Black seed oil is the perfect example of a medicinal whole food. It’s the cold pressed oil of the black cumin seed nigella sativa, which grows widely across Southern Europe, Western Asia and South Asia, North Africa, and the Middle East. In the majority of those regions, black seed oil has extensive traditional use as a medicine or “cure-all.”
In ancient Egypt, the black cumin seed was a primary first-line medicine against an entire host of maladies. When archaeologists unearthed King Tut’s tomb, they found traces of black seed and black seed oil—ostensibly placed there to protect him as he made his way to the underworld. The Prophet Muhammad was reported to have said that “the black seed can heal every disease, except death.”1 For thousands of years, Indian Ayurvedic medicine prescribed black seed oil to treat hypertension, high blood sugar, eczema, asthma, and general diseases of inflammation.
I’m not saying these are fully accurate statements or beliefs, but they do show the reverence these cultures had for black seed oil and indicate its prowess as a medicine. Luckily, we don’t have to rely on ancient texts as the only evidence we have. There are hundreds of studies showing the efficacy of black seed oil in humans against a wide range of health conditions. Taken as a whole, it’s an impressive body of literature.
This is the Primal way: taking heed of traditional wisdom and confirming its accuracy with modern science.
Around here, we generally prefer medicinal whole foods—herbs, seeds, spices, and the like—to isolated or synthetic pharmacological compounds for several reasons:
The synergistic compounds that exist in the whole food medicine are more likely to enhance the effects and be missing from the synthetic version.
The synthetic compound will be geared toward a specific task, a one-trick pony, while the whole food medicine will be more likely to encompass other effects both up and down the line of causality.
Whole food medicines are also foods—they contain vitamins and minerals and macronutrients that nourish us. They aren’t just medicine; they’re much more. If nothing else, this is a more efficient way to obtain medicinal effects.
Health Benefits of Black Seed Oil
Let’s explore the health effects of black seed oil. To begin with, let’s dispel some notions and prejudices we have about “seed oils.” Industrial seed oils, like corn or canola oil, are stripped of nutrients that prevent lipid degradation, undergo high-heat and chemical processing, and have no redeeming qualities to make up for the high level of omega-6 linoleic acid present in the fat. In the Primal eating plan, we eliminate these industrial seed oils.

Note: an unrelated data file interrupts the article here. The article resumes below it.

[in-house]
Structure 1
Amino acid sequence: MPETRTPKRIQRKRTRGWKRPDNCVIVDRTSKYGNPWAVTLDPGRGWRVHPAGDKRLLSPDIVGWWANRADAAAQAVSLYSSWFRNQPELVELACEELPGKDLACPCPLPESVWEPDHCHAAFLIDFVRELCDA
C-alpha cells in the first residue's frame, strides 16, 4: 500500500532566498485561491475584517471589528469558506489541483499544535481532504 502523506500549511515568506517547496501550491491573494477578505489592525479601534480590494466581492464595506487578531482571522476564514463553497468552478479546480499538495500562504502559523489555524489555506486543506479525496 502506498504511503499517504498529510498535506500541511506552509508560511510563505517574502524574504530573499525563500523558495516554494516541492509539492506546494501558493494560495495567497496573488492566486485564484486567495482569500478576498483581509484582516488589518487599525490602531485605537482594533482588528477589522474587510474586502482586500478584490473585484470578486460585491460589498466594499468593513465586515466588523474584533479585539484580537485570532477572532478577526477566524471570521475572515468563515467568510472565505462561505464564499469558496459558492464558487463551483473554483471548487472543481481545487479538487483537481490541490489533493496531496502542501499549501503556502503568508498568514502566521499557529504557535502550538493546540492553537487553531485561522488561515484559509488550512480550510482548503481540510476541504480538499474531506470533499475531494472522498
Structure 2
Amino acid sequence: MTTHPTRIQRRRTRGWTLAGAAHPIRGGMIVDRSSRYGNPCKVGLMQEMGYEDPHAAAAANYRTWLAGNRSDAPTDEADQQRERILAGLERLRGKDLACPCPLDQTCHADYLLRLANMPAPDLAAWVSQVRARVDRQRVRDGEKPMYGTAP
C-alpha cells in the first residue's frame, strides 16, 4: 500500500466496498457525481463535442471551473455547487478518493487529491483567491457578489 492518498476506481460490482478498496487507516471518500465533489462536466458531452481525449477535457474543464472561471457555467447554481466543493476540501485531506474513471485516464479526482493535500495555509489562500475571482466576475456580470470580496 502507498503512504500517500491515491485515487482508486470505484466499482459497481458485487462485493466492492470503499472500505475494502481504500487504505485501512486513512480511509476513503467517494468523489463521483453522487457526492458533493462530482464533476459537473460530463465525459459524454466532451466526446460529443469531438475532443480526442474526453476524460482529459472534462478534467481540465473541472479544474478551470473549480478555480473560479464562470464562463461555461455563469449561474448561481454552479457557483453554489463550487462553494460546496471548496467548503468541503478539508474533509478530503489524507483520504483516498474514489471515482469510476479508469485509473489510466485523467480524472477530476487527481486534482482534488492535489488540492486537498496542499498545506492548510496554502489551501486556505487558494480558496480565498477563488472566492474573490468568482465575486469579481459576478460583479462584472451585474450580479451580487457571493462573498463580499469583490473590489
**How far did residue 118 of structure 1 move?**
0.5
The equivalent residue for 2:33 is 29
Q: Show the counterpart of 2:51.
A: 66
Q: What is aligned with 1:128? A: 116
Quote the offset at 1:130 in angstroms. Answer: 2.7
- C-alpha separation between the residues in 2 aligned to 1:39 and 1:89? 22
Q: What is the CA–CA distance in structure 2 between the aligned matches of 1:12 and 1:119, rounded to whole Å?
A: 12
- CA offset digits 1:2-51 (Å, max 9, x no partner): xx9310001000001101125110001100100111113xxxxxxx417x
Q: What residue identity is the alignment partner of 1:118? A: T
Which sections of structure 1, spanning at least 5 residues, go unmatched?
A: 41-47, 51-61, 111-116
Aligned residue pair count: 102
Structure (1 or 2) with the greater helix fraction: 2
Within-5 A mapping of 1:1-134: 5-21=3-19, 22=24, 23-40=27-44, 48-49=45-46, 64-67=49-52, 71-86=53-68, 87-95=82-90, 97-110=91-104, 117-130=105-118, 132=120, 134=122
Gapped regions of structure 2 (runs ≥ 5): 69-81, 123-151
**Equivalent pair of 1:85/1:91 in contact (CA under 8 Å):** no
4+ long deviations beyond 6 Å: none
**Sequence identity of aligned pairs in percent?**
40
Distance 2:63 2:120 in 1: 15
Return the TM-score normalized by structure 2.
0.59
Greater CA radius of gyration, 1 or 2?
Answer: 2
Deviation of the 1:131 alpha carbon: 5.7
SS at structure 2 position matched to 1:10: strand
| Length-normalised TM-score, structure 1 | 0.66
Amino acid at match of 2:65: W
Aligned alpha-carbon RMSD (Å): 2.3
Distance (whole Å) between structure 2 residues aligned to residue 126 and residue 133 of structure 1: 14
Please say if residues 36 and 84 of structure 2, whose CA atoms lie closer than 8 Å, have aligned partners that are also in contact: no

Black seed oil is a different kind of seed oil.
It’s unrefined, so that it contains all the protective components that help the fragile fatty acids resist oxidation and prevent rancidity. 2
It’s a medical oil, not a food, so we’re not using it to make salad dressings, fry potatoes, or incorporate in processed junk food. We aren’t eating enough of it to worry about it as a major source of omega-6 fatty acids in our diet.
Unlike the industrial seed oils, black seed oil has proven benefits that justify its inclusion in our diet.
Black Seed Oil for Diabetes
In patients with pre-diabetes—bad blood glucose numbers that don’t yet qualify for full-blown diabetes—black seed oil performed as well as or better than metformin, the “gold standard” pharmaceutical for diabetes. While both metformin and black seed oil groups saw improved glucose parameters, only black seed oil patients who took 450 mg of black seed oil twice a day (less than a teaspoon) saw better lipids and lower inflammation.3
In patients with newly diagnosed type 2 diabetes (full blown), 1350 mg/day of black seed oil helped against but wasn’t as effective as metformin in improving fasting blood glucose or HbA1c. However, once again black seed oil patients enjoyed uniquely improved lipid numbers, lower fasting insulin, and lower inflammatory markers. Furthermore, metformin patients had higher liver enzymes and slightly elevated creatinine levels, while black seed oil patients did not.4 Both groups saw better body composition, including the all-important and extremely revealing waist circumference.